In March 2008, the extent of year-round perennial sea ice eclipsed the 50-year record low set in March 2007, shrinking by 386,100 square miles (one million square kilometers) — an area the size of Texas and Arizona combined. Seasonal ice, which forms over the winter when seawater freezes, now occupies the space of the lost perennial ice. This younger ice is much saltier than its older counterpart because it has not had time to undergo processes that drain its sea salts. It also contains more frost flowers — clumps of ice crystals up to four times saltier than ocean waters — providing more salt sources to fuel bromine releases.

Nghiem said if sea ice continues to be dominated by younger saltier ice, and Arctic extreme cold spells occur more often, bromine explosions are likely to increase in the future.

Nghiem is leading an Arctic field campaign this month that will provide new insights into bromine explosions and their impacts. NASA’s Bromine, Ozone, and Mercury Experiment (BROMEX) involves international contributions by more than 20 organizations.

Where is your water?

siggy head 223x300 WaterBy Sig Britt Ivey

According to the Hopi prophecies,
“…there are things to be considered….

Where are you living?
 What are you doing?
Where is your water? “Water is sacred. It is a great mystery and the source of all life. Our bodies are 70% water as is the Earth. Without water we would die and so would all life on earth. What we do to our soil and water we do to ourselves. Years ago I wrote an article about toxic waste being used as fertilizer. It was apparent to me that polluting our soil would eventually pollute us. Who comes up with these crazy ideas anyway ? It’s so outraegeous that its somehow accepted as okay. The fracking controversy involving pumping hundreds of toxic chemicals into the earth to extract natural gas is a similar outlandish proposal and practice. These toxic chemicals eventually leak into the groundwater polluting the soil, animals and people along the way. When will we as a species, learn that it’s not a good idea to spoil your own nest ?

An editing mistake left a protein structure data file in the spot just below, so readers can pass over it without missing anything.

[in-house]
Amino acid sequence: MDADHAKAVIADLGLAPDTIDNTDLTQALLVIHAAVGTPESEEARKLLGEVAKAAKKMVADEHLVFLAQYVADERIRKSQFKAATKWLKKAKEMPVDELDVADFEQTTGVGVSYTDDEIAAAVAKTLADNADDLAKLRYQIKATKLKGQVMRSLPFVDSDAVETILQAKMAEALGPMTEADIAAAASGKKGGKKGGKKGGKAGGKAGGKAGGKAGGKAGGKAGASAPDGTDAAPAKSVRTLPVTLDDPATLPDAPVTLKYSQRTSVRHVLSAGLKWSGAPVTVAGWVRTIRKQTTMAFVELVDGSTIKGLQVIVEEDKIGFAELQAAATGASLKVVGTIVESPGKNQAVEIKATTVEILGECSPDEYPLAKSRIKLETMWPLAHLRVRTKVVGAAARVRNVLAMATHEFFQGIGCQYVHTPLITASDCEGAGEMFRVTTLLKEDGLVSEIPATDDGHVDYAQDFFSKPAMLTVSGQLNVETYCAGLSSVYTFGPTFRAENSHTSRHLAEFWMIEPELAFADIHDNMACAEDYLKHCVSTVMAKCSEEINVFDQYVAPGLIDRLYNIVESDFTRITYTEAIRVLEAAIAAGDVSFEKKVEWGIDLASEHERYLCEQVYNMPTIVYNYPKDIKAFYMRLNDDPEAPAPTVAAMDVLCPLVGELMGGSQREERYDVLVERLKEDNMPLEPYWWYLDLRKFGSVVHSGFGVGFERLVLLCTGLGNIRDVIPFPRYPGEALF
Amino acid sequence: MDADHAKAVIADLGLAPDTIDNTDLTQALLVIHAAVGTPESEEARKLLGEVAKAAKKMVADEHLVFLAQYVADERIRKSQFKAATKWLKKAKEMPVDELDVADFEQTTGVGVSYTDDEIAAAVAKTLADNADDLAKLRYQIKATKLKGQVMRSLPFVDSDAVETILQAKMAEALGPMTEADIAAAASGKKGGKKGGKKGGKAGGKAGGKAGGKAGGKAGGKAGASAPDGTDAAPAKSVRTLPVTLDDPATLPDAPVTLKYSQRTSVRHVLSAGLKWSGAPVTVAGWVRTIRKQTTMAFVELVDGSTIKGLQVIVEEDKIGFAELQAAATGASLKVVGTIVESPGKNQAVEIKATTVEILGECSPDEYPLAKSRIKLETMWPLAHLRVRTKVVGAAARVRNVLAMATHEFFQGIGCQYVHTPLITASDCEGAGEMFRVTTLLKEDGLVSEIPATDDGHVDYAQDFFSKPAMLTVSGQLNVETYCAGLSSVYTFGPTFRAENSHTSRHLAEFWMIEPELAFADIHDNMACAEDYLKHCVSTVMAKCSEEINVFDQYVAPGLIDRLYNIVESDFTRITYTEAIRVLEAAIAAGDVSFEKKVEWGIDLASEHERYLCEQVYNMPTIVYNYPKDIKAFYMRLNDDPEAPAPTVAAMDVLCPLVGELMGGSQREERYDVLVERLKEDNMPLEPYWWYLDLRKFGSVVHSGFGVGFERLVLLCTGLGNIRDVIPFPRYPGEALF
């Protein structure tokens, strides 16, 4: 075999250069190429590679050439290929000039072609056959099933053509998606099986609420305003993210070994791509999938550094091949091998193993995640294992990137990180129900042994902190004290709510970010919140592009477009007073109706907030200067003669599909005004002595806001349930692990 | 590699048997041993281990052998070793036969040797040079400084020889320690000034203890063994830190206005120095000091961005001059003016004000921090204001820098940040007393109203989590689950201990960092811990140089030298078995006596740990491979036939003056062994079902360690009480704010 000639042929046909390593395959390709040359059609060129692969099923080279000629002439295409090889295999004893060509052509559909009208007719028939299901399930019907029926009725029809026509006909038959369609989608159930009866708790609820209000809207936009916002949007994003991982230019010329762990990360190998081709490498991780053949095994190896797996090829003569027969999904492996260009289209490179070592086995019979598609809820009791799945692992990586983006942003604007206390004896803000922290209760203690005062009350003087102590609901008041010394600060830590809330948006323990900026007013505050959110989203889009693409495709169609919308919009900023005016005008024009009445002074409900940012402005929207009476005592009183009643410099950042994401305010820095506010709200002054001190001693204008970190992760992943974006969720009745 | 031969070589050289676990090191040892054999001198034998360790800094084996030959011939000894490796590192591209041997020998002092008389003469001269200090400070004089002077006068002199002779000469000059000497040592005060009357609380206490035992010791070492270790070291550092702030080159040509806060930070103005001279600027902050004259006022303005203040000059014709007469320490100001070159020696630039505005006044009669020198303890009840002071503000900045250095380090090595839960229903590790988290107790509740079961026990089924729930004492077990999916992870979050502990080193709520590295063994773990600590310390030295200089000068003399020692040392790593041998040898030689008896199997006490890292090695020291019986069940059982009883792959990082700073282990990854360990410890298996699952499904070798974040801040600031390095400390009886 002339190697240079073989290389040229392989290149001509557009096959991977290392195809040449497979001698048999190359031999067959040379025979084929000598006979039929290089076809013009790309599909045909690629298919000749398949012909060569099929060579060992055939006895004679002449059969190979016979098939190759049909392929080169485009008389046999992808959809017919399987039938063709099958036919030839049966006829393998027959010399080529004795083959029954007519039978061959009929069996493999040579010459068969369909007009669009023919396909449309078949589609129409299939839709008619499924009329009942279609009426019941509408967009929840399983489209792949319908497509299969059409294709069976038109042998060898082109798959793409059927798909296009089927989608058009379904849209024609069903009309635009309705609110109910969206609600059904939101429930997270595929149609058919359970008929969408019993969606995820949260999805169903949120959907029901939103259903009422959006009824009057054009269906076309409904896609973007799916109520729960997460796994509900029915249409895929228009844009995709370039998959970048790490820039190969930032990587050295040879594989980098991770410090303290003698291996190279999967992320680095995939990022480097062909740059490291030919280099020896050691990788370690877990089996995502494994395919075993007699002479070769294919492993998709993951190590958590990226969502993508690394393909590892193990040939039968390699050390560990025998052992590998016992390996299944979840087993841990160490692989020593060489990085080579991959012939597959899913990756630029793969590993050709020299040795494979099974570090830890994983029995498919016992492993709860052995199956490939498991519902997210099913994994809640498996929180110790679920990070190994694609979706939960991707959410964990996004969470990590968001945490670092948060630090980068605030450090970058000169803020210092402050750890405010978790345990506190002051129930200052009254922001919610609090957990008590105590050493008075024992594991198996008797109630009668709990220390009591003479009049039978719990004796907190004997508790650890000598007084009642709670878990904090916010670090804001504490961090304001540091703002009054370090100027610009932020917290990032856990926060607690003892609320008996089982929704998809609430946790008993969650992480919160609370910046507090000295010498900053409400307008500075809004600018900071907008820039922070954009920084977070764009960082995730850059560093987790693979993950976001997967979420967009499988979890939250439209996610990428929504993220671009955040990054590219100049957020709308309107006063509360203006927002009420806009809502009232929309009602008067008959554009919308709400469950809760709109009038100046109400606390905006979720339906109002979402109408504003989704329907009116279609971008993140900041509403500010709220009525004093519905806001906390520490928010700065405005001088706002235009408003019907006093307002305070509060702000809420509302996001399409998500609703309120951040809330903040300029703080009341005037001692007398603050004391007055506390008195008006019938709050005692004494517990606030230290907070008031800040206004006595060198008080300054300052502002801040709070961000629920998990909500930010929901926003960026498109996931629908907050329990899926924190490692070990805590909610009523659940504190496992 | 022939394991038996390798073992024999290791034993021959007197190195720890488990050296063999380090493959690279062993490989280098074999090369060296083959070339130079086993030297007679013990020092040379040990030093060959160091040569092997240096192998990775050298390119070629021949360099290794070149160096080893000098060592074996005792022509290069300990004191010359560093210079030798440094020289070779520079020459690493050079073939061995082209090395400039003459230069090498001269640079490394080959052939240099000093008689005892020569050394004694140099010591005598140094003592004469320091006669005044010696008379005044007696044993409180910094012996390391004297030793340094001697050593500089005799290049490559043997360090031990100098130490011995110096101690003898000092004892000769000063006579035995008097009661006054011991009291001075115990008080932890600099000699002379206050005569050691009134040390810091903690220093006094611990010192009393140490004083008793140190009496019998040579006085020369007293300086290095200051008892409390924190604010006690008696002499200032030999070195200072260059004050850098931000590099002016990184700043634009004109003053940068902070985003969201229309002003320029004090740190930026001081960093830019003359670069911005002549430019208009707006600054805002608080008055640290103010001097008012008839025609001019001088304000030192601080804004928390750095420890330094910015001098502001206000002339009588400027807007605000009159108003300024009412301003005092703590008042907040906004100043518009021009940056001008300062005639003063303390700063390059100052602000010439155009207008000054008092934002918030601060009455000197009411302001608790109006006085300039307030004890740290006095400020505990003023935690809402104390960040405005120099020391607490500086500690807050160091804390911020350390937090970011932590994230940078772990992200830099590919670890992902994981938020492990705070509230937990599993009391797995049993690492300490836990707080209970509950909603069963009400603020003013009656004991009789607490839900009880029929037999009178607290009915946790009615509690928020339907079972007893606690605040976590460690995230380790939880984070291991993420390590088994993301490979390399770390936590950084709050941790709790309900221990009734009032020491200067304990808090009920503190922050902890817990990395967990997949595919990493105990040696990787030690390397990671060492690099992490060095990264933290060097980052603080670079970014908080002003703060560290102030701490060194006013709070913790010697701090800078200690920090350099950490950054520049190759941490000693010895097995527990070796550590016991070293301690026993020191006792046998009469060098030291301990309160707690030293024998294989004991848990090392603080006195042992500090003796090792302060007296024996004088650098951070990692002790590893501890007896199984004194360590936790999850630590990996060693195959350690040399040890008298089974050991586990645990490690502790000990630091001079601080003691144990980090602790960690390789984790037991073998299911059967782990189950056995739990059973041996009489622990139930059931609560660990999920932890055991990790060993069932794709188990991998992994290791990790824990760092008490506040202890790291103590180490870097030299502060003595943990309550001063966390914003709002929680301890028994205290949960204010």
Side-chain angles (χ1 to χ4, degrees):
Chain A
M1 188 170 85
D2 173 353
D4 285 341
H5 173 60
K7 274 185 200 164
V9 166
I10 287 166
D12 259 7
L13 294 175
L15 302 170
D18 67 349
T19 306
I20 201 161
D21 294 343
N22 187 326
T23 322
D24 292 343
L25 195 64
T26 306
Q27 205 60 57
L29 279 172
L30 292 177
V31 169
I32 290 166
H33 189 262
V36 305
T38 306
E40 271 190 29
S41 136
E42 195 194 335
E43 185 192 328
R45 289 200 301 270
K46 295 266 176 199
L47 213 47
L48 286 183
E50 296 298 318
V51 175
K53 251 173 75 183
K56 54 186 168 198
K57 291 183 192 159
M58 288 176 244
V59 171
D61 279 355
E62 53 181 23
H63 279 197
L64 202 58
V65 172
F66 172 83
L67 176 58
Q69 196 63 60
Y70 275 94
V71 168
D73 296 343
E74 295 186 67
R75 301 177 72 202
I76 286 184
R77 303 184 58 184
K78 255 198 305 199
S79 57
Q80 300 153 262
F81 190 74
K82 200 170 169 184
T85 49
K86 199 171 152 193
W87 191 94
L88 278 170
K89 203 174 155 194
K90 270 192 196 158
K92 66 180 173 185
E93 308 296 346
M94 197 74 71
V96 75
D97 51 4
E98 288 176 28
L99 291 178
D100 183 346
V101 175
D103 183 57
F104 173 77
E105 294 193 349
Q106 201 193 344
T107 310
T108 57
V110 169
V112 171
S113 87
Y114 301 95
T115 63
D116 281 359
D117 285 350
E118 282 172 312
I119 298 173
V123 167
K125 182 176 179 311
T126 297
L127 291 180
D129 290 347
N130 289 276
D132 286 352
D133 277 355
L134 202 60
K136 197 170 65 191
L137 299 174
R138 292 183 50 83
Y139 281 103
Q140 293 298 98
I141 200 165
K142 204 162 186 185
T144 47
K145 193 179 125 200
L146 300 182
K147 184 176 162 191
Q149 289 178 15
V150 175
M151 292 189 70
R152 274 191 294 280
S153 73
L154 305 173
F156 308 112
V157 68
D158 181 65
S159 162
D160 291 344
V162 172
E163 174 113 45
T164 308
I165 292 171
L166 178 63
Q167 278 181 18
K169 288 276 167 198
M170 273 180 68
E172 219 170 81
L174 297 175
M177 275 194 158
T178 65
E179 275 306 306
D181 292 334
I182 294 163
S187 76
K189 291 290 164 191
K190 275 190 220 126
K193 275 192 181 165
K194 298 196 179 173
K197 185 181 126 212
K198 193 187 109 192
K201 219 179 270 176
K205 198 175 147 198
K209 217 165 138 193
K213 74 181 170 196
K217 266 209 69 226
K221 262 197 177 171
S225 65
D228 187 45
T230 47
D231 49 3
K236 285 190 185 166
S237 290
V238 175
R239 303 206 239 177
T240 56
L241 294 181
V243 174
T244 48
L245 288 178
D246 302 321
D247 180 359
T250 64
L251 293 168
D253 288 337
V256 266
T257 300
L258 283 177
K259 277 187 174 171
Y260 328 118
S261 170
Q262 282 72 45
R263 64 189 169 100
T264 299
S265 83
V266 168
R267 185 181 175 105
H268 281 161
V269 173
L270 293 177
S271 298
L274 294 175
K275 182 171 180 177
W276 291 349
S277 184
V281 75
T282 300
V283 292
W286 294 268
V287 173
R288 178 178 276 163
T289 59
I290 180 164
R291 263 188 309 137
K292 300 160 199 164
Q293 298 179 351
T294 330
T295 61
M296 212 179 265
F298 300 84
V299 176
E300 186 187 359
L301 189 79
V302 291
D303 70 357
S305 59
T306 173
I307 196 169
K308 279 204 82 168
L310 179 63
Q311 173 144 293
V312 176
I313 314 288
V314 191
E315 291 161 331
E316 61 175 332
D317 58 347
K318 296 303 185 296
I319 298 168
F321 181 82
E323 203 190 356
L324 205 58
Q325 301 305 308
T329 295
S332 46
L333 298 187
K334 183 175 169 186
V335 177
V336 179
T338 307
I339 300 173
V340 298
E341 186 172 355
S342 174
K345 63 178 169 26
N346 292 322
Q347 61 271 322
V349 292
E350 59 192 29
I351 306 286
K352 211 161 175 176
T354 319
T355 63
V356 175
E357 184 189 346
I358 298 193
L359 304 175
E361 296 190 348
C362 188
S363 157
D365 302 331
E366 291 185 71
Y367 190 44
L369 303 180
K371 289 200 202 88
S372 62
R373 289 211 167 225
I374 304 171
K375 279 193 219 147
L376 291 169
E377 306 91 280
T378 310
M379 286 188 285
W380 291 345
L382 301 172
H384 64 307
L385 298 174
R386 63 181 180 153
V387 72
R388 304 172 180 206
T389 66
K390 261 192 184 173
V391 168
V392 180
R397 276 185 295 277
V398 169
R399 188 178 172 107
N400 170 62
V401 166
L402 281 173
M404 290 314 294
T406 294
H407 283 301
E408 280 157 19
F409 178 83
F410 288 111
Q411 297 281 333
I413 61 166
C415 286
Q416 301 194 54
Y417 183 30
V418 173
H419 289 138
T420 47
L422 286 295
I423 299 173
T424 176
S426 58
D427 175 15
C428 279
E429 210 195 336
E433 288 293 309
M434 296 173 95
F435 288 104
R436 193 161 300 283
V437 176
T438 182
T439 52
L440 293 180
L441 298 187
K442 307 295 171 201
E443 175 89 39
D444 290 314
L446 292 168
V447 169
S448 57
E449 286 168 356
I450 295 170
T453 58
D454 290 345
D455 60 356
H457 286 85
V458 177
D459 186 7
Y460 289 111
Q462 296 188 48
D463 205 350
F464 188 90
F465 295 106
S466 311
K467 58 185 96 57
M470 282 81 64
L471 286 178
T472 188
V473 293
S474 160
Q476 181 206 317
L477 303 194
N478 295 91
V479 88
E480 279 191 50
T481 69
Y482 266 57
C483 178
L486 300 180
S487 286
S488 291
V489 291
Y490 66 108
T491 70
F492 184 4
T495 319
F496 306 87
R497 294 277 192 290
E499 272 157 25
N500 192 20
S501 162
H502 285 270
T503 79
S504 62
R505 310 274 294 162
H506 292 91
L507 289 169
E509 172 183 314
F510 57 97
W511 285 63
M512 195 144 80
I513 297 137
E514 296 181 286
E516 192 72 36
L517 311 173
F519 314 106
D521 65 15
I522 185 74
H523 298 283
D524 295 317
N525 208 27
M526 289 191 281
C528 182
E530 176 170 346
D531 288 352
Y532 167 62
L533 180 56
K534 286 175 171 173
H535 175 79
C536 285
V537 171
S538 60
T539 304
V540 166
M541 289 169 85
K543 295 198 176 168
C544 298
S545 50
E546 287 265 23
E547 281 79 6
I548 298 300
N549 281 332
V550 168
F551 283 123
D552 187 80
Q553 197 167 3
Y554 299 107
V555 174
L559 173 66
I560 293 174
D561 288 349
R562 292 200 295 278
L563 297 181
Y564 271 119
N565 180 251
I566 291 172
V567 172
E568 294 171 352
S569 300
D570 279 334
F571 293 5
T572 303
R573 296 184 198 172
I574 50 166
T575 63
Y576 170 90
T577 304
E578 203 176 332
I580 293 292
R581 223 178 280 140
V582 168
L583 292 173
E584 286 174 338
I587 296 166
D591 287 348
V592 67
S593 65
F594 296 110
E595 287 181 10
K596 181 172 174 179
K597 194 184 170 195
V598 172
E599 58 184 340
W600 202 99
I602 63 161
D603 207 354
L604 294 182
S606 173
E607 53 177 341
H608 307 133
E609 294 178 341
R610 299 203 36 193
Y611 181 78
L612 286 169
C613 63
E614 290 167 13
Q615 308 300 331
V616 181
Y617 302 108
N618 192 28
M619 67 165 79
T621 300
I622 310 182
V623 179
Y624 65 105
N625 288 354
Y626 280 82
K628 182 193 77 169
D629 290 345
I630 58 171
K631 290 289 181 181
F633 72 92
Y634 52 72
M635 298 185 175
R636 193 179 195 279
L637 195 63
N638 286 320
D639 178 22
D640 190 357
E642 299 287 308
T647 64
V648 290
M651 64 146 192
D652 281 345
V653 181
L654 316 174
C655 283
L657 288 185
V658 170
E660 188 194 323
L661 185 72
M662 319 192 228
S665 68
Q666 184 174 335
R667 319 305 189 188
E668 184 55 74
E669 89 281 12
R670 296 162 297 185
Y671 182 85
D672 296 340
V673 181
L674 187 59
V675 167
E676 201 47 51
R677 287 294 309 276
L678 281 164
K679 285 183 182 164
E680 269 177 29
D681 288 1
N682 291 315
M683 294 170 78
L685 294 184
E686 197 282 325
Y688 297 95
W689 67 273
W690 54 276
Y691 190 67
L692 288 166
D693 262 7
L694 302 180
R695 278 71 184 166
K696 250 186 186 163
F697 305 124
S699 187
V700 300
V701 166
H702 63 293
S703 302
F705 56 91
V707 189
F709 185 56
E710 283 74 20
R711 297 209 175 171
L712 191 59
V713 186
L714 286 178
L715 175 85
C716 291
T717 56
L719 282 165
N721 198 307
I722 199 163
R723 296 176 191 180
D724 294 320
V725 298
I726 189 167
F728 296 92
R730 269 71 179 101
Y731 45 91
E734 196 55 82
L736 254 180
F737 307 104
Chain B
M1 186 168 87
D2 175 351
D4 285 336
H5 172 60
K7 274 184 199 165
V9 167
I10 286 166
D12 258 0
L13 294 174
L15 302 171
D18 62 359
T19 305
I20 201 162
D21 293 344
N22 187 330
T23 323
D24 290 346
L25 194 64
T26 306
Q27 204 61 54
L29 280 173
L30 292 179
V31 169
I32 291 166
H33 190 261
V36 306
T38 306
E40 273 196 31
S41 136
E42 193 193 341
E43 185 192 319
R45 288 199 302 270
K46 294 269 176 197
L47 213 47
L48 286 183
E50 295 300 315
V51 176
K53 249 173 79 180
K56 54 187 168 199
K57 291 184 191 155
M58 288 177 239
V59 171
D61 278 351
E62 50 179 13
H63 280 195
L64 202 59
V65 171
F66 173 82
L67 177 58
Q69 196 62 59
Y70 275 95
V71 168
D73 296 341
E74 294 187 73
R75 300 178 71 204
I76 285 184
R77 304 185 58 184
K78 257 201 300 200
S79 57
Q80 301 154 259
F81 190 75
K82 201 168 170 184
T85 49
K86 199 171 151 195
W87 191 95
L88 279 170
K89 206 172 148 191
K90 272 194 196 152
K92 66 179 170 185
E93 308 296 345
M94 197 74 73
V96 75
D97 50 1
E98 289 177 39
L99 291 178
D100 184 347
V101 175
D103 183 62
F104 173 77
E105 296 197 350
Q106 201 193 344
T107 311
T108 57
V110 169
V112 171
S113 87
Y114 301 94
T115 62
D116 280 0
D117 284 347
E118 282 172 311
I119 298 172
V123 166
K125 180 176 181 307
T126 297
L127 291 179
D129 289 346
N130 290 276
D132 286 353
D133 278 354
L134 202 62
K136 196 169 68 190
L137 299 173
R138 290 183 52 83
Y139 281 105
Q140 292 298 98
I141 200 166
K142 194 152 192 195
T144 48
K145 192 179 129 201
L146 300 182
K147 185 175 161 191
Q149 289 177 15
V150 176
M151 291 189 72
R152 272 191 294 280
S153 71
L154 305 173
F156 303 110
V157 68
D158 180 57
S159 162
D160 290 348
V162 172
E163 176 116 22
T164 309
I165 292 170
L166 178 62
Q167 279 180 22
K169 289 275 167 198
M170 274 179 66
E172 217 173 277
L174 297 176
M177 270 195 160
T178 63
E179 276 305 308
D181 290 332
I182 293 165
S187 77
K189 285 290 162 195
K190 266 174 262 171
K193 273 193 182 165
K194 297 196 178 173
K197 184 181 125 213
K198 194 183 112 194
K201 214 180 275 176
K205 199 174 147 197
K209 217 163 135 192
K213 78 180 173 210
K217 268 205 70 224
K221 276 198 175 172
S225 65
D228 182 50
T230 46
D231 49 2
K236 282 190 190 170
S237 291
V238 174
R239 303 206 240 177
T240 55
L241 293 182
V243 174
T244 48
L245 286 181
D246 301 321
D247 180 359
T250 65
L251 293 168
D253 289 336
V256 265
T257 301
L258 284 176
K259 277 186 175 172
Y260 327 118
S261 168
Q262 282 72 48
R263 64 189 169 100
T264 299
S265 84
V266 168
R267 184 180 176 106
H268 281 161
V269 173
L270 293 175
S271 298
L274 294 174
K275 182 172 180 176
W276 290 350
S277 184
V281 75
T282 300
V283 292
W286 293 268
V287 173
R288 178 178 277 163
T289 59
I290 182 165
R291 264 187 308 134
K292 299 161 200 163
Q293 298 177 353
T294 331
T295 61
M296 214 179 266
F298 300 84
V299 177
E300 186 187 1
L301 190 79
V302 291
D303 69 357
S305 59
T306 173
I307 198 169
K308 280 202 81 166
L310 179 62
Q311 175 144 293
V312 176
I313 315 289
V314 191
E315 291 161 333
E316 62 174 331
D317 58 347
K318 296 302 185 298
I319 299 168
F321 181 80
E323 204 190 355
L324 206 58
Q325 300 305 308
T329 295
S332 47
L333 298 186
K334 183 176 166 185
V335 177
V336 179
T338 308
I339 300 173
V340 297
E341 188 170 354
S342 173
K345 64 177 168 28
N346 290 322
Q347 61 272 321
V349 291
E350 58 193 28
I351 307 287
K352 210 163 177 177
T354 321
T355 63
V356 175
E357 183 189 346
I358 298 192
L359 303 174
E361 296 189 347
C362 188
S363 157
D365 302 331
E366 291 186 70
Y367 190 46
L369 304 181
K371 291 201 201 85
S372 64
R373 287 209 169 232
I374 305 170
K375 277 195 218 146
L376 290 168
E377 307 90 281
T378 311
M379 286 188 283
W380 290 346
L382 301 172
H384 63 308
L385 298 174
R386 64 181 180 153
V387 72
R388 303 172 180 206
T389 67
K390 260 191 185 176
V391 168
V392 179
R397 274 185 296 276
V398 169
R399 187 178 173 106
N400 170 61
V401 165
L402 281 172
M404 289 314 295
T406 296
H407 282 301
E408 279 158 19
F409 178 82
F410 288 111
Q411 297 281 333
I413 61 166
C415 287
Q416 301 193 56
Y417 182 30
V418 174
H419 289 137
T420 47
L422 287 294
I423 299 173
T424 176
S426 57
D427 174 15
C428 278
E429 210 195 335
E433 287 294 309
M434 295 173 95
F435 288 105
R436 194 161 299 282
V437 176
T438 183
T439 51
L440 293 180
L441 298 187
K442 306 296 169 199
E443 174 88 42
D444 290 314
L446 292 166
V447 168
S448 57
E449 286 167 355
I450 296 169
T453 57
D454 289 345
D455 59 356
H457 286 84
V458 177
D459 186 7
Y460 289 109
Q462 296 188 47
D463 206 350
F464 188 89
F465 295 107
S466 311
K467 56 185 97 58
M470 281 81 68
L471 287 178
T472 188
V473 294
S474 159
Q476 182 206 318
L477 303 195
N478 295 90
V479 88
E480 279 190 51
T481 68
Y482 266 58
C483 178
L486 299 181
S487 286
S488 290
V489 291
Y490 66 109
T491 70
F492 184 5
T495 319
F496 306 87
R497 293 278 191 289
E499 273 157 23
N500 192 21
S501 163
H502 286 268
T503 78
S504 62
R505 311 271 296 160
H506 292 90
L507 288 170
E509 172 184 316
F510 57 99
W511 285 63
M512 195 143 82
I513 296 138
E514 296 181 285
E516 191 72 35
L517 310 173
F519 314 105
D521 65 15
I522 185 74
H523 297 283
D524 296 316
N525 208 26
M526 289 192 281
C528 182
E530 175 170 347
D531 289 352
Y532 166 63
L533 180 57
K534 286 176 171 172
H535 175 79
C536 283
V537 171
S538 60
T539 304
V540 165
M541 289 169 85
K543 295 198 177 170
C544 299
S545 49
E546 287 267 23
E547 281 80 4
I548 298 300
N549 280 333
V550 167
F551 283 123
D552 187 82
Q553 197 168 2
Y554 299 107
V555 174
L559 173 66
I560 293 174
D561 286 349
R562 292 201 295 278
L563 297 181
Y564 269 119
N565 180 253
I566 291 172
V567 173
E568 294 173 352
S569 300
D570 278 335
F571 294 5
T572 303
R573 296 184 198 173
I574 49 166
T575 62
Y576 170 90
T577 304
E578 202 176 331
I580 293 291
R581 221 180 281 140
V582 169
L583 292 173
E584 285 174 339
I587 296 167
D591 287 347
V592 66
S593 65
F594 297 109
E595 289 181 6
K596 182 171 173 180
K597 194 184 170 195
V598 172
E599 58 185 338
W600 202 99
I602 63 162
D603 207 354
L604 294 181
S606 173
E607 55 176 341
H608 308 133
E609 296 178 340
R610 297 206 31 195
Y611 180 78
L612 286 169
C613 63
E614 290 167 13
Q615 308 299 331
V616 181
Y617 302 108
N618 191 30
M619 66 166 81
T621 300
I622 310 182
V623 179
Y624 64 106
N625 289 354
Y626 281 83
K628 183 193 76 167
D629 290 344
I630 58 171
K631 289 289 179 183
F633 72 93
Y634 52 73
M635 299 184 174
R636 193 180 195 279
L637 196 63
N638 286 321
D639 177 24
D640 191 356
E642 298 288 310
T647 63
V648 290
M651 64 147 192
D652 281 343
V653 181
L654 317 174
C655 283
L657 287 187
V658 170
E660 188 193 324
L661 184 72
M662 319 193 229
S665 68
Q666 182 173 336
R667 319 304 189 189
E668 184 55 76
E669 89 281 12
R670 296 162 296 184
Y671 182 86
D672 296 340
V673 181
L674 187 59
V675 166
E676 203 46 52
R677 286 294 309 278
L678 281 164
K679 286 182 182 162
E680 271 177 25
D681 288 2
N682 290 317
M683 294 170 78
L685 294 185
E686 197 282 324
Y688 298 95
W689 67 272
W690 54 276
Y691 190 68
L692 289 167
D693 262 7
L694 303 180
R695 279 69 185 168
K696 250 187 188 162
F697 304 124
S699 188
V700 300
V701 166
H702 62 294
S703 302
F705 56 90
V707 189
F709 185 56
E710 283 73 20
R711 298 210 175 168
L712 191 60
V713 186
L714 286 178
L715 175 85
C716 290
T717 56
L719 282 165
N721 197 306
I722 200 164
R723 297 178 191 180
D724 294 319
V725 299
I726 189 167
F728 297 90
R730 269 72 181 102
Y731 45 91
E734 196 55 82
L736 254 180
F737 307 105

No other animal behaves in such a ludicrous manner.The documentary GASLAND explains what’s happening all over the country where natural gas drilling is taking place. Clean drinking water becomes a rare commodity in many areas where fracking is allowed and people and animals are getting sick and possibly even dying. The quality of water we drink has a direct effect on brain function since the human brain is 85% water. A strong movement against fracking is developing in New York State where many people are calling for a ban. Citizen’s are outraged by stories of polluted water in Pennsylvania where there have been numerous complaints of toxic drinking water. Fracking has been linked to over 1000 incidents of groundwater contamination across the U.S. including many cases where people can actually ignite their tap water. Just go to: You Tube and input “Tap water on Fire” and you’ll see for yourself.